As a result of inaccurate or obsolete data on below-ground assets, an underground utility line is hit on average every 60 seconds in the United States, according to the American Public Works Association.
City Digital, a Chicago-based UI LABS collaboration, has announced it has developed the underlying technology components to create a new underground infrastructure mapping (UIM) platform. The platform will generate, organize, visualize, and store 3D underground infrastructure data, saving cities and utilities millions of dollars in construction and planning processes.
Using the City of Chicago as a test bed for the platform's development, the pilot team is deploying the new technology to create an accurate 3D map of underground assets, such as water pipes, fiber optic lines, gas pipes, electrical lines, and legacy infrastructure located in city streets and alleys. An engineering-grade, cloud-based data platform enables this critical infrastructure information to be securely stored and shared among the City of Chicago and utilities.
“By improving the accuracy of underground infrastructure information, the platform will prevent inefficient and delayed construction projects, accidents, and interruptions of services to citizens,” says City of Chicago CIO Brenna Berman.
Led by City Digital partners Accenture, HBK Engineering, and the City of Chicago, the pilot team has developed advanced scanning tools; a data capture system; mobile applications for use by construction and utility workers to capture data and update the system in real time; a data visualization application; and business model templates for cities to collect revenue.
“The UIM pilot is a tangible demonstration of how taking a central role in the digital ecosystem can help deliver innovation through IoT,” says Jay Hedley, Managing Director and Connected Spaces lead at Accenture Mobility, part of Accenture Digital. “Smart cities are about improving services and redesigning citizenship by providing better, seamless experiences. Connecting the physical equipment underground with this digital solution will help citizens by increasing the efficiency of both planning and delivery of infrastructure projects.”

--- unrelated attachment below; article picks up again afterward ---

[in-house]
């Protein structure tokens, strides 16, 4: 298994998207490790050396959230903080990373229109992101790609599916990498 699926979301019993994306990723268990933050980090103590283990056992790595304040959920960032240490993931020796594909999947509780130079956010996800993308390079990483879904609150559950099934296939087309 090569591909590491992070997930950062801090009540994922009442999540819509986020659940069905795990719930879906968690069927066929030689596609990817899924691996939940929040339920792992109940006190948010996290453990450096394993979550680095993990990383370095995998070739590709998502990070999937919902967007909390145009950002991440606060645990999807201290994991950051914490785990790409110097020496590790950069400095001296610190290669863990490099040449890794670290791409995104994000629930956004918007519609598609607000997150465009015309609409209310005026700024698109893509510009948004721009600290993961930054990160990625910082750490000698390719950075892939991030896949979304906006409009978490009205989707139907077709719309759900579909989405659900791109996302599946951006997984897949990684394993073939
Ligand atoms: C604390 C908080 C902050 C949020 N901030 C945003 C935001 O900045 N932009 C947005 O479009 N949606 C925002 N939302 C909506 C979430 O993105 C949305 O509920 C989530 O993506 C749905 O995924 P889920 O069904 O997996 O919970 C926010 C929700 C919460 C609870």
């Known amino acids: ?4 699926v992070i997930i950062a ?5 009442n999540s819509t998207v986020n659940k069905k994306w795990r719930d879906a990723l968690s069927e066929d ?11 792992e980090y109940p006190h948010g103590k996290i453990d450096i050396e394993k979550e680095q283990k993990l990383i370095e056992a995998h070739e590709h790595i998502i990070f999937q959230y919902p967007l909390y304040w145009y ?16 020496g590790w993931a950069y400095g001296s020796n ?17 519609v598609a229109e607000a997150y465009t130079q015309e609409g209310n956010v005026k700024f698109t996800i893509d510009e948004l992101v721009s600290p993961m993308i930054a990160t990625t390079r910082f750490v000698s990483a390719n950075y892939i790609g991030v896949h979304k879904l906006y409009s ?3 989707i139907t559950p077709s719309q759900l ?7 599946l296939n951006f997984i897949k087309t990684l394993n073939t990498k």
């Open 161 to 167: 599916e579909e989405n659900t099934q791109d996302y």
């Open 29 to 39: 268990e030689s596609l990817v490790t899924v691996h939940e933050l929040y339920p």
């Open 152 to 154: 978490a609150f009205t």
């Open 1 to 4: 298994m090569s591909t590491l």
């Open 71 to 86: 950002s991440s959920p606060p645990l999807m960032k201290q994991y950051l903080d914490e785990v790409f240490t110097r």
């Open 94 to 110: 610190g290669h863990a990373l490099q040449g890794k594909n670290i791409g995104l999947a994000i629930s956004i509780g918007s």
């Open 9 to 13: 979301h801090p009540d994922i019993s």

As a result of inaccurate or obsolete data on below-ground assets, an underground utility line is hit on average every 60 seconds in the United States, according to the American Public Works Association. State governments have estimated the potential to unlock $21 in value for every $1 invested in underground asset management by reducing accidents, damages, and delays.
Following the completion of the initial prototype last year on a Chicago construction site, the newly developed technology components will soon be deployed on a larger construction site in Chicago's River North neighborhood, demonstrating the platform's effectiveness in a real-world setting with applicability for other urban environments.
The UIM pilot's technology and processes were developed by a broad consortium of government, industry, and academic partners at City Digital. In addition to the pilot leads, the team includes ComEd, Microsoft, Cityzenith, Esri, and the University of Illinois at Urbana-Champaign.
“Underground mapping highlights the best of City Digital,” says Steve Fifita, Executive Director of City Digital. “It consists of partners that each bring unique assets to the table to create a transformational solution that would not have been possible alone.”
This next phase of the UIM pilot began earlier this month, with a planned conclusion during the spring of 2017. Future phases will seek to make the infrastructure work smarter by incorporating underground sensors, as that technology becomes cheaper and more scalable.